Abstract

Myelodysplastic syndromes (MDS) comprise a heterogeneous group of myeloid neoplasms characterized by peripheral cytopenia, bone marrow (BM) dysplasia in one or more hematopoietic lineages, and clonal instability with an increased risk to transform to secondary acute myeloid leukemia (AML). In most patients, the erythroid lineage is affected. During the past few years our knowledge about the pathogenesis of MDS, has increased substantially. However, most of these studies focused on CD34+ stem and progenitor cells or granulomonocytic cells, whereas only little is known about genes aberrantly expressed in dysplastic erythroid cells in MDS.

In an attempt to define abnormal gene expression patterns and molecular pathways contributing to erythroid dysplasia in MDS and to identify disease-specific phenotypic and molecular abnormalities in dysplastic erythoid cells, we compared gene expression profiles of erythroid progenitor cells (EryPC) in 10 patients with low-risk MDS (IPSS-R score≤7) and 15 control BM samples. EryPC were defined as CD45low/CD105+ cells and purified from BM samples by multicolor flow cytometry and cell sorting (purity>95%). Gene expression levels were analyzed by Affymetrix array technology (GeneChip U133 Plus 2.0 arrays) and confirmed for a panel of select genes by qPCR. A stringent cut-off (p<0.01; fold-change >3.0) was used to define differences in mRNA expression levels. A total number of 1,180 mRNA species were found to be differently expressed in EryPC in MDS (72 up-regulated, 1,108 down regulated) compared to normal BM EryPC. Among these, a number of genes regulating proliferation and differentiation in lymphohematopoietic cells, including TCEB1 transcription elongation factor B (SIII), the transcriptional repressor YY1, E2F3, and the ATP-dependent RNA helicase DDX5, were found to be downregulated in EryPC in MDS compared to normal BM.

In the validation phase of our project, we identified the major Coxsackie-Adenovirus Receptor (CAR) as a rather specifically regulated protein-product in dysplastic EryPC. In fact, as assessed by flow cytometry, a significantly lower or even absent expression of CAR was found on EryPC in 20 of 30 patients with MDS (67%), including 3/4 patients with RCUD, 1/4 with RARS, 6/10 with RCMD, 8/9 with RAEB, and 2/3 with 5q- syndrome, compared to normal BM or non-neoplastic controls (p<0.001). In addition, reduced expression of CAR on EryPC was seen in 11/25 patients with myeloproliferative neoplasms (MPN) with dysplastic BM cells, in 4/8 patients with MDS/MPN overlap syndromes, and in 14/19 patients with AML. By contrast, expression levels of CAR on EryPC were normal in almost all non-neoplastic conditions, including renal anemia (n=6), hepatopathy (n=1), drug-related anemia (n=10), folic acid or vitamin B12 deficiency (n=3), intestinal bleeding (n=1), autoimmune hemolytic anemia (n=2), aplastic anemia (n=2), spherocytosis (n=1), chronic inflammation (n=4), and viral infections (n=2). Moreover, CAR expression on EryPC remained normal in most anemic patients suffering from lymphoid malignancies (n=36). Within the group of patients suffering from infection-related anemia, the lowest expression of CAR was observed in a case of adenovirus infection mimicking MDS. An overview of staining results obtained with anti-CAR antibody in various groups of patients and in healthy controls (normal BM, n=20) is shown in Figure 1.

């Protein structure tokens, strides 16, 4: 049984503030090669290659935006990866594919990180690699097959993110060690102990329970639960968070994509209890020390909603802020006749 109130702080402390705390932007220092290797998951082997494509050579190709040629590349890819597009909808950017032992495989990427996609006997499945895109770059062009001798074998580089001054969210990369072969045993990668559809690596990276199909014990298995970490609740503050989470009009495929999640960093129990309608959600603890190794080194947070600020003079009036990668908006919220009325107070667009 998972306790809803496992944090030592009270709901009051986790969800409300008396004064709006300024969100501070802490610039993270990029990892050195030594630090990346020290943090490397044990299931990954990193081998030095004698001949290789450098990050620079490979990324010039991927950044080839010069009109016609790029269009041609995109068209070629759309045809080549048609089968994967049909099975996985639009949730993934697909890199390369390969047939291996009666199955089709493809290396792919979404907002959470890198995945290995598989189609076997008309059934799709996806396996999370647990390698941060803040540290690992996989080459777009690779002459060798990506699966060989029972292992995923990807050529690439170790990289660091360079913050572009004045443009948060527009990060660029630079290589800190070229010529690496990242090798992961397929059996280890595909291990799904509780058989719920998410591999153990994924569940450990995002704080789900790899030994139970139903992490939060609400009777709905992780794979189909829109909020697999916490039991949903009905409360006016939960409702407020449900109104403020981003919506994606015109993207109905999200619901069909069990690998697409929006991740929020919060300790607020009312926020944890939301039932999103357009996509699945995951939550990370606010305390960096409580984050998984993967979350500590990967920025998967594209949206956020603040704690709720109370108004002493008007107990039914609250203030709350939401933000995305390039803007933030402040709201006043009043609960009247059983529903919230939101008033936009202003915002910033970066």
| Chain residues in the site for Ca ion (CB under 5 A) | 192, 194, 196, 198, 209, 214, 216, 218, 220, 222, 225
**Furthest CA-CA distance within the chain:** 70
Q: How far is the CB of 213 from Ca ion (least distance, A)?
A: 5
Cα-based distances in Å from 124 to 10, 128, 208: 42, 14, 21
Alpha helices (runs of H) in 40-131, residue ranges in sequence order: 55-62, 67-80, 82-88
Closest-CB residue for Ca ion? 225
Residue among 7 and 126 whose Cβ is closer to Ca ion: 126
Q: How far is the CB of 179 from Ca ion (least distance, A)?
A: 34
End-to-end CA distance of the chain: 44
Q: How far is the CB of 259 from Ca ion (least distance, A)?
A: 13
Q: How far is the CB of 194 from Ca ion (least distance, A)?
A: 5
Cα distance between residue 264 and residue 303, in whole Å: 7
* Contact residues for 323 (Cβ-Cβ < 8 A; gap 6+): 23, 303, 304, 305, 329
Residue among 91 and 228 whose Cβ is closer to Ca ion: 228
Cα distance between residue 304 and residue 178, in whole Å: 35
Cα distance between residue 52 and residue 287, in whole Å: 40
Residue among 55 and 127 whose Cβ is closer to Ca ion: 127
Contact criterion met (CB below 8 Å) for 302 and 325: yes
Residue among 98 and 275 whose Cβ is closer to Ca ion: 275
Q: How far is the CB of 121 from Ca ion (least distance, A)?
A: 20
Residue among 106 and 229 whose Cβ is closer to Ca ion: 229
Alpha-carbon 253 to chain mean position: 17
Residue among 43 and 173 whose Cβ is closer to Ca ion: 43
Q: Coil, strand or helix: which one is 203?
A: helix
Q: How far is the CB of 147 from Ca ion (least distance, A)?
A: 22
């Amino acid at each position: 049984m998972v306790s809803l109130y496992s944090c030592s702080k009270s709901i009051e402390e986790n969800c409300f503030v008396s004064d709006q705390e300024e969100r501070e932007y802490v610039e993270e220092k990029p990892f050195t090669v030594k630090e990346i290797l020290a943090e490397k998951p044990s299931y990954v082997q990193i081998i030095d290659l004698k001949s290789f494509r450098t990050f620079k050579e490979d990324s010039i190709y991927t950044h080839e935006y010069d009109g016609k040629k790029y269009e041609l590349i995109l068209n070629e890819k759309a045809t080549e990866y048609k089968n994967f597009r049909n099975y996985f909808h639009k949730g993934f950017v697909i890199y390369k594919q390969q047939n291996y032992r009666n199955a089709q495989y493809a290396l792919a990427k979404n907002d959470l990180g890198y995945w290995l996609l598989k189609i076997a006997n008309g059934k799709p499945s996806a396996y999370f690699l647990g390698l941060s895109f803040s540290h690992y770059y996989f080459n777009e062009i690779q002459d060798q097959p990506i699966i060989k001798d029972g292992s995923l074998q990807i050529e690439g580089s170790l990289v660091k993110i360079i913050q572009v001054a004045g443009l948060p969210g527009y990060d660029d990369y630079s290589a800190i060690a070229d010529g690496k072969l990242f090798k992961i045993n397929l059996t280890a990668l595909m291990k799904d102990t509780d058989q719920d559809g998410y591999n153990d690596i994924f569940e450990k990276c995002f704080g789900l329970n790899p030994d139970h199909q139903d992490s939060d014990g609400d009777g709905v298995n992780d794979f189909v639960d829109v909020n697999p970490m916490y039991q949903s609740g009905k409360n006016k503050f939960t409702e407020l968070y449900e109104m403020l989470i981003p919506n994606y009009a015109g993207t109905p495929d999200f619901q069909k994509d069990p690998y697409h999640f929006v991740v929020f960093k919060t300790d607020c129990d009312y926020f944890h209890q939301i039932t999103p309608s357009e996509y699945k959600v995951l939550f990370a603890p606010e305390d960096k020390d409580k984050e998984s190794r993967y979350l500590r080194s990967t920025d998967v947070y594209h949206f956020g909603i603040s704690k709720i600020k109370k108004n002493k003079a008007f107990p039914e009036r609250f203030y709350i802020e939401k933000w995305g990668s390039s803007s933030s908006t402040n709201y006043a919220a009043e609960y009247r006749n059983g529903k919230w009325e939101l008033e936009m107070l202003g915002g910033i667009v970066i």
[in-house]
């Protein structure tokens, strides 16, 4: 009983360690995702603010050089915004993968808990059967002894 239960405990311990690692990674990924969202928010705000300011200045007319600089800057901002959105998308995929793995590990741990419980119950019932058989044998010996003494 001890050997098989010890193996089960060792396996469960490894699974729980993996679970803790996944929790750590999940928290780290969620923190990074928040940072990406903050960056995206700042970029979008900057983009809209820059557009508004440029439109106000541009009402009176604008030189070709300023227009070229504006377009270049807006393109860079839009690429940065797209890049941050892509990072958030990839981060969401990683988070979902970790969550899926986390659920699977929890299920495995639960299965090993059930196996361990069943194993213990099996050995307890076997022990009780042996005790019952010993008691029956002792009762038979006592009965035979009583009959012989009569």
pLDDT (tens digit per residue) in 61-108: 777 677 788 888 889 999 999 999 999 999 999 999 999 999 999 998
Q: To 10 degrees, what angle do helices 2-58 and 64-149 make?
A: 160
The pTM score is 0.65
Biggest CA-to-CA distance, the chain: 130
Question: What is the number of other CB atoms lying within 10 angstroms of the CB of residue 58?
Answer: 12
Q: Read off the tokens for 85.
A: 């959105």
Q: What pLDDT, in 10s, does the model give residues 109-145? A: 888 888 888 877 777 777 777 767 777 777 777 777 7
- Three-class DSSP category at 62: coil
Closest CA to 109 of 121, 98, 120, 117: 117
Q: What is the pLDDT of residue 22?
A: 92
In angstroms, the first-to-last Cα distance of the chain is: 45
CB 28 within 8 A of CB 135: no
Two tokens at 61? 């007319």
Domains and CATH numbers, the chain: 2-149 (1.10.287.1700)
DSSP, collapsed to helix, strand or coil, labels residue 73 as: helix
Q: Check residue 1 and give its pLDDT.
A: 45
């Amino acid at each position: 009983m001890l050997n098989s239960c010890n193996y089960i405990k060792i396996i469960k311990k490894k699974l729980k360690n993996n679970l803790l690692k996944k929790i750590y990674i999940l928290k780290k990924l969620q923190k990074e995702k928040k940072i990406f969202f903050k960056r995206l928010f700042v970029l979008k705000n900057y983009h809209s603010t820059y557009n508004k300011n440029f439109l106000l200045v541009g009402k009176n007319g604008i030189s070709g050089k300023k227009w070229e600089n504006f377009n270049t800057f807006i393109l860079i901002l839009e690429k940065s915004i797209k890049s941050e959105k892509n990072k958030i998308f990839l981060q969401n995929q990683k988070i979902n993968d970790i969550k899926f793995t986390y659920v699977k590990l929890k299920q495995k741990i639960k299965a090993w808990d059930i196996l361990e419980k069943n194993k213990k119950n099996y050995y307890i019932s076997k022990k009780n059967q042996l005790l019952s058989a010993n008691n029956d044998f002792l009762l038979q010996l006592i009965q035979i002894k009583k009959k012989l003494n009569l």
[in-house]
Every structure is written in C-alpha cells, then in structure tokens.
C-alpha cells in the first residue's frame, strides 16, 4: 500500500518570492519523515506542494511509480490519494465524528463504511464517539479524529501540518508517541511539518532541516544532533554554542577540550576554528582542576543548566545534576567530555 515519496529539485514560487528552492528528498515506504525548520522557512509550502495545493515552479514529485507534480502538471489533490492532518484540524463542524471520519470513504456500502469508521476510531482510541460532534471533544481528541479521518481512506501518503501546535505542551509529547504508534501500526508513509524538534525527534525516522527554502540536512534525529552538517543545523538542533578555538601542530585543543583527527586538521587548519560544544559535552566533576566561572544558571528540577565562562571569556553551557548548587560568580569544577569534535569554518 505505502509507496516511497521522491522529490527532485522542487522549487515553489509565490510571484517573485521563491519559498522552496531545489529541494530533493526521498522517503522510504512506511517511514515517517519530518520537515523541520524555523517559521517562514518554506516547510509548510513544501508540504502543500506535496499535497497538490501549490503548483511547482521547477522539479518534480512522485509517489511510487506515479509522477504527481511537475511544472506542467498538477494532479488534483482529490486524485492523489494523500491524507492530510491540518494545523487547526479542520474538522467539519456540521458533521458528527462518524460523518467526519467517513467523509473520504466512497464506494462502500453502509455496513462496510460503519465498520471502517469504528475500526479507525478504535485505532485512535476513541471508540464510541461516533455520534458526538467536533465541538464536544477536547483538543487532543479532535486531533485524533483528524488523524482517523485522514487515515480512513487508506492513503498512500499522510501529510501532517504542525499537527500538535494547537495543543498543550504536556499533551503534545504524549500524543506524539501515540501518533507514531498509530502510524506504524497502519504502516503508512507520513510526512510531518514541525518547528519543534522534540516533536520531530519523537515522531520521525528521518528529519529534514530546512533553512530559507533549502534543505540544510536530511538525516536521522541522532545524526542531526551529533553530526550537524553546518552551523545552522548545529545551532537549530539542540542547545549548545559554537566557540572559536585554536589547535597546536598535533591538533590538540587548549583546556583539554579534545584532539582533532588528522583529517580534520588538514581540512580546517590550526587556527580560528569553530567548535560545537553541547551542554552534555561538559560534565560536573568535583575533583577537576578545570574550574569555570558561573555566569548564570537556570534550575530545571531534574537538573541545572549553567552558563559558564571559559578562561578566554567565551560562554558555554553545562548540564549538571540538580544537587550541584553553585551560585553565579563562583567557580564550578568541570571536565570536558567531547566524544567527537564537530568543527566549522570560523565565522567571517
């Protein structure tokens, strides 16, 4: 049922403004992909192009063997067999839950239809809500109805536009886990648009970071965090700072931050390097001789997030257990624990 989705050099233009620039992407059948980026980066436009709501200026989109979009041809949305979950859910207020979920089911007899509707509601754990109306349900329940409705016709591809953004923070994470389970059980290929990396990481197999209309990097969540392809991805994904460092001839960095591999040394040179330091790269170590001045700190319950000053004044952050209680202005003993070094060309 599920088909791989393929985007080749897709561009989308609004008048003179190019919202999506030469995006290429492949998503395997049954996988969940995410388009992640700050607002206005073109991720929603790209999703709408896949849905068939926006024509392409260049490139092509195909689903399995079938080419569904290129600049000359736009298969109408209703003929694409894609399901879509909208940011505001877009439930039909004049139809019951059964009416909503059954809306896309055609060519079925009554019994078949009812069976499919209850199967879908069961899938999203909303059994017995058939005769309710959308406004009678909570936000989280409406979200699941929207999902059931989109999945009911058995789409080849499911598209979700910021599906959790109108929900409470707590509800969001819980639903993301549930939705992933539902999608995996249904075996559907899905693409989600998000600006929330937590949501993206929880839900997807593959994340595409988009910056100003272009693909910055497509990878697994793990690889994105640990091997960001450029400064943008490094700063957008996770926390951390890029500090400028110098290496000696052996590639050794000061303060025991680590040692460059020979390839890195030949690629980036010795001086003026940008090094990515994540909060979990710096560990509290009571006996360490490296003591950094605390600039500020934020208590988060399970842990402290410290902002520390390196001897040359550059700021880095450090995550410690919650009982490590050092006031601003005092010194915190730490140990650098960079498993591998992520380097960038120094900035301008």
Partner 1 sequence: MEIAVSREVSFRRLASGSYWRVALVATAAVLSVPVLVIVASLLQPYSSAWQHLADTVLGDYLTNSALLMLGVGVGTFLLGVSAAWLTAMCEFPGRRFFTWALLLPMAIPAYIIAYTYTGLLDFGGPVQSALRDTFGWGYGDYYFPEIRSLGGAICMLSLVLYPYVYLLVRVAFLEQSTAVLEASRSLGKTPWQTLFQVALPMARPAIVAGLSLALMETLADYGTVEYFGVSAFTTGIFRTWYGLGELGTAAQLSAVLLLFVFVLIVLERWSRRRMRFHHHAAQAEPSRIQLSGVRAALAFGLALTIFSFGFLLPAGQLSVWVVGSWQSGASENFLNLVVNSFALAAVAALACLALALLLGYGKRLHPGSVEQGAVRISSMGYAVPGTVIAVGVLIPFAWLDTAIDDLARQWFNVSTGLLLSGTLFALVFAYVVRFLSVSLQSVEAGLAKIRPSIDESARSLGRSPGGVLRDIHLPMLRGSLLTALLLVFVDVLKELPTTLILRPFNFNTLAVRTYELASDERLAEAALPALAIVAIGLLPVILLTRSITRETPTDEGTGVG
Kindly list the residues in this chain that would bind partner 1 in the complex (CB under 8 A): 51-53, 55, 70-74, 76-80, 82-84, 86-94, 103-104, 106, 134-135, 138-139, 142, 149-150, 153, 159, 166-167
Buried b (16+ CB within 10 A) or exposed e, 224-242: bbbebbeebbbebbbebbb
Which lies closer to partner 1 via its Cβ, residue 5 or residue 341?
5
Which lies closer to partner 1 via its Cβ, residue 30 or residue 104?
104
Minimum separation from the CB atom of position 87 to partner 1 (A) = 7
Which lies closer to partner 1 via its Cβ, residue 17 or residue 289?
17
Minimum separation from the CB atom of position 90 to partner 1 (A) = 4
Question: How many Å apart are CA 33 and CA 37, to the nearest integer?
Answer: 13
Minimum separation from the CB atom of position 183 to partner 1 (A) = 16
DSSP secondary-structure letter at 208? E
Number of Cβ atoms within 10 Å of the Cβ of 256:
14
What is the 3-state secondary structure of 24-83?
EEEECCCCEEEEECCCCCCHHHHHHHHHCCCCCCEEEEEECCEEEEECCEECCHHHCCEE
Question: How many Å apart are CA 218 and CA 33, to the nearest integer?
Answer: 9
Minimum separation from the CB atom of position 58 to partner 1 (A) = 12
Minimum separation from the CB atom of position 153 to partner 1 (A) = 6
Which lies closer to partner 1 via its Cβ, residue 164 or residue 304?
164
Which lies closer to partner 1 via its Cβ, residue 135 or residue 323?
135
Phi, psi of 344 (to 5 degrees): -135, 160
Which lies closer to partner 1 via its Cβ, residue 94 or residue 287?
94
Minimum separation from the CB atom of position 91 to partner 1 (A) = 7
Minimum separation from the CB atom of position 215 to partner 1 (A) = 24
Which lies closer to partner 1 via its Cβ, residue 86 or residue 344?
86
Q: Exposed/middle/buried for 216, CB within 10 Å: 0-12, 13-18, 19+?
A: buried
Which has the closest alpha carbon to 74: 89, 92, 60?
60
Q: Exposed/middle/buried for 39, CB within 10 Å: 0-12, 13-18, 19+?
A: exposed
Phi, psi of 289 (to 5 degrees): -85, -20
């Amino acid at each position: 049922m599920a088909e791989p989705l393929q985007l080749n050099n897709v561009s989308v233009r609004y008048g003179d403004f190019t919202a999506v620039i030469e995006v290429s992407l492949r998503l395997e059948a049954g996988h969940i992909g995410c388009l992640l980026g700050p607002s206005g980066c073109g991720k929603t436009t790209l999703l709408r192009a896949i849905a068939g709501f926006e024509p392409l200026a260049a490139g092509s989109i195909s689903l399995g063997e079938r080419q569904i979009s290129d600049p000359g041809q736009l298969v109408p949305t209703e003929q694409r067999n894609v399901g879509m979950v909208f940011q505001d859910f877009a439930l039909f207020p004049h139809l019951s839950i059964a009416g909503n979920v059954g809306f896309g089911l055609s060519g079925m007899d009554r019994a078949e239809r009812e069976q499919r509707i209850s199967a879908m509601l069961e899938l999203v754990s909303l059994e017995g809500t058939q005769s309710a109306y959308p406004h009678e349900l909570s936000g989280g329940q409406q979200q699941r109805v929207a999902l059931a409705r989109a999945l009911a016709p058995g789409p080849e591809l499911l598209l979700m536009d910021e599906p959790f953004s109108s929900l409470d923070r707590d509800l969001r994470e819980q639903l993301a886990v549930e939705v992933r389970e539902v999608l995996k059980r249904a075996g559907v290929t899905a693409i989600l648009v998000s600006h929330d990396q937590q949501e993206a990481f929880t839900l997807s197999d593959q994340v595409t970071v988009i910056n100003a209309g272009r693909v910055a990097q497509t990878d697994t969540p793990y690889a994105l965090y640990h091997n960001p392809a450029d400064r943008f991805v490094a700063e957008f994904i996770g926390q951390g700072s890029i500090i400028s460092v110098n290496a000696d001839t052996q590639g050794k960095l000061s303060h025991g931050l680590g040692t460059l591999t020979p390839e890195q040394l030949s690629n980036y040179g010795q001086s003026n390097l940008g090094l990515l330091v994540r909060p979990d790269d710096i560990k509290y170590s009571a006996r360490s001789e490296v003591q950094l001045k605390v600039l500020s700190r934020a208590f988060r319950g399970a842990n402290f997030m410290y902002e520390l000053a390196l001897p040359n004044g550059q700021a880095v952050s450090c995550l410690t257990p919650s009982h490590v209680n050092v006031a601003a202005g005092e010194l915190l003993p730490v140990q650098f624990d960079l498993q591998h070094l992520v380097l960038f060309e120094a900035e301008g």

Figure 1

Expression levels of CAR on EryPC determined by flow cytometry. The level of CAR expression on EryPC is depicted as mean fluorescence intensity and indicated by circle in each individual donor. Horizontal lines represent median CAR expression levels in each group of donors. *, p<0.05, and **, p<0.001, compared to healthy controls, as determined by Mann-Whitney U test.

Figure 1

Expression levels of CAR on EryPC determined by flow cytometry. The level of CAR expression on EryPC is depicted as mean fluorescence intensity and indicated by circle in each individual donor. Horizontal lines represent median CAR expression levels in each group of donors. *, p<0.05, and **, p<0.001, compared to healthy controls, as determined by Mann-Whitney U test.

In summary, our data show that the major Coxsackie-Adenovirus Receptor CAR is expressed at abnormally low levels on dysplastic EryPC in a substantial subset of patients with MDS and in most patients with related BM neoplasms. Since CAR expression remains normal in almost all reactive conditions, deficiency states and lymphoid malignancies, abnormal CAR expression may contribute as a potential indicator of (clonal) dysplastic erythropoiesis in myeloid malignancies, including MDS. The biochemical basis of abnormal expression and the possible role CAR may play in the pathogenesis of MDS and in related BM neoplasms, is currently under investigation.

Disclosures:

Valent:Novartis: Consultancy, Honoraria, Research Funding.

Author notes

*

Asterisk with author names denotes non-ASH members.